[Samba] clients not connecting to samba shares

Gary Dale gary at extremeground.com
Sat Apr 1 18:10:31 UTC 2023

On 2023-04-01 13:24, Rowland Penny via samba wrote:
> On 01/04/2023 17:51, Gary Dale via samba wrote:
>> The single point of authority requires modifying every Linux 
>> installation I've got to point to that authority. And what happens 
>> when the Authority isn't accessible (e.g. a laptop while on 
>> vacation)? It needs to fallback to a local password authority.
> If the laptop is running Linux, then add 'winbind offline logon = yes' 
> to the smb.conf, winbind will cache the required credentials.
>> Again, these lines are from the Samba wiki. They weren't my idea. If 
>> something is now obsolete, the wiki pages should be updated by 
>> someone who knows how Samba currently operates. I note that the wiki 
>> distinguishes between pre and post 4.6. If further changes to Samba 
>> were made, the wiki doesn't reflect it.
> Can you please tell me just where in the Samba wiki it says add those 
> lines to a DC's smb.conf ?
> Failing that, can you please say where in the wiki you think it says 
> that ?
> Either way, I will fix it so it explicitly says to never add those 
> lines to a DC's smb.conf, they have never been used or worked on a DC.

https://wiki.samba.org/index.php/Idmap_config_ad in the Configuring the 
ad Back End section.

>>>>          vfs objects = acl_xattr
>>> Now that is a really, really big mistake. Whilst 'acl_xattr' is one 
>>> of the vfs objects used by a DC, you have just turned off the main 
>>> one ' dfs_samba4'
>> See previous comment.
> See my previous comment and here:
> https://wiki.samba.org/index.php/Using_the_acl_xattr_VFS_Module
> Where it states:
> On a Samba Active Directory (AD) domain controller (DC), the acl_xattr 
> module is automatically globally enabled and cannot be deactivated. 
> You must not add it to your smb.conf file manually.
> Also see here:
> https://wiki.samba.org/index.php/Setting_up_Samba_as_an_Active_Directory_Domain_Controller 
> Where amongst other things it says this:
> You should be aware that if wish to use a vfs object on a DC share 
> e.g. recycle, you must not just set vfs objects = recycle in the 
> share. Doing this will turn off the default vfs objects dfs_samba4 and 
> acl_xattr. You must set vfs objects = dfs_samba4 acl_xattr recycle.
> That is under the 'Using the Domain Controller as a File Server 
> (Optional)' heading

Which shows that the documentation is fragmented and contradictory (not 
to mention obfuscated). If something is OK to set in one instance but 
not another, shouldn't that be highlighted? We have hyperlinks these days.

>> That may be true for full-time domain admins. However it seems less 
>> apt for people using Linux at home who need to run a windows 
>> (virtual) machine occasionally. Linux isn't built around AD and even 
>> using Kerberos is rarely something home users do.
> Yes, historically, Linux wasn't built around AD, but that isn't a 
> reason to not use it. You will find it easier to maintain than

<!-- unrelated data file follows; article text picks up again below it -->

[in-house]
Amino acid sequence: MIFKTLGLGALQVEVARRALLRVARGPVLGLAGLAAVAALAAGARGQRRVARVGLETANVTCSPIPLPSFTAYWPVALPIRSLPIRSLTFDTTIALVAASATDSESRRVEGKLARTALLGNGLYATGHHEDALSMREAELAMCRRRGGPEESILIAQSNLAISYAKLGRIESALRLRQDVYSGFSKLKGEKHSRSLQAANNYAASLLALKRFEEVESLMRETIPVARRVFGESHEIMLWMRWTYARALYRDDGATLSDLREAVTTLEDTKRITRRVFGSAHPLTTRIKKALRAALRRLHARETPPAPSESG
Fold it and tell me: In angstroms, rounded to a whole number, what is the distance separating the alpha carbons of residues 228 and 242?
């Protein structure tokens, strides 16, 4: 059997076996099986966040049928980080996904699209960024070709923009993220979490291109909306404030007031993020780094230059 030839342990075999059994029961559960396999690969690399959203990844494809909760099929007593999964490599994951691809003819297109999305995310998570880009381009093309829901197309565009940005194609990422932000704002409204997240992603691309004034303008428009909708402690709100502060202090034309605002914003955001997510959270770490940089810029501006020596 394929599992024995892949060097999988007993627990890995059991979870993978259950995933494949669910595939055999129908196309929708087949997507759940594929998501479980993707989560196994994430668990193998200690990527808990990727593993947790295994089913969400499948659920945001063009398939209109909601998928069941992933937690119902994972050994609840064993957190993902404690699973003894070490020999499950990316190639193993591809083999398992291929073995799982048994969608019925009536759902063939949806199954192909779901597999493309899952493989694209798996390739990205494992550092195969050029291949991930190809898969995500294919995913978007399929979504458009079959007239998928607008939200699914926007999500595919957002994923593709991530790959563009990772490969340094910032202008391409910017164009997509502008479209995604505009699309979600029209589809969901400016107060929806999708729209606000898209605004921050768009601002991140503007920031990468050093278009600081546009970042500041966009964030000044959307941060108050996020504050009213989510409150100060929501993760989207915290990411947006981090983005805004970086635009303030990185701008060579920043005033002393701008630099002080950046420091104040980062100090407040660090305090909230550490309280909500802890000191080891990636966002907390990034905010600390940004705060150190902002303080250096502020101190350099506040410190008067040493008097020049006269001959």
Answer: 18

> individual machines, just one place to maintain users, groups etc, 
> rather than on every machine. Want to change a users password ? Either 
> do it once on an AD DC, or go to every machine and change it, this can 
> get tiring if you have a lot of machines.
>> And from what I've been seeing, you actually need to run a Windows 
>> client to administer AD - Linux programs no longer seem to be capable 
>> of doing everything that is needed. That makes advising using AD 
>> problematic - something to be avoided if possible.
> You can use samba-tool or one of the numerous other methods.

Not according to a lot of the recent documentation. It's telling me to 
use the Windows tools, which are a nightmare, to do things that I'd 
prefer to do through the Linux tools.

>> As for forgetting NT4-style domains, I'm following documentation that 
>> deals strictly with Samba 4. I'd been running AD servers in various 
>> locations for a long time (an office with only Windows clients, my 
>> home with a mix of Linux and Windows clients). It's only in the last 
>> year that (some) things have stopped working. That's not due to a 
>> switch from NT4 to AD. It's due to AD breaking things.
> An NT4-style domain relies on SMBv1, this is going away and is 
> generally turned off now.

How would that stop my Windows 10 VM from accessing shares? I recall 
some registry settings being needed to get Windows 7 to work with Samba 
but that's ancient history...

>> My Linux server has been a great single-point of maintenance without 
>> my needing to jump through hoops. Conversely, getting any Linux 
>> workstation to authenticate to an AD instance has never worked. I 
>> tried that a few times over the last decade with zero success. In 
>> fact my workstation's /etc/nssswitch.conf still has the settings to 
>> use winbind for authentication. Fortunately it allows a fallback...
> If you cannot get a Linux machine to authenticate to AD, then it 
> sounds like you are doing something wrong.
> Can you share the smb.conf from your workstation ?

Haven't tried it since pre-pandemic - certainly not with a Bullseye 
server - so it is not going to be interesting to look at. It definitely 
predates the backports version of Samba.

That's why I'm looking for something more recent so I can retry.

>> Can you point me to an up-to-date and accurate howto on setting up a 
>> Linux client to use AD and NFS4?
> I will get back to you on that, as I said, I do not know much about 
> NFS because I do not use it, I just use Samba, on everything.
> Rowland


I tried using Samba once rather than NFS but that broke things. I keep 
my mail on the server and Thunderbird didn't work properly. Reverting to 
NFS fixed that. Also, Samba shares seemed slower and less reliable. NFS 
just works.

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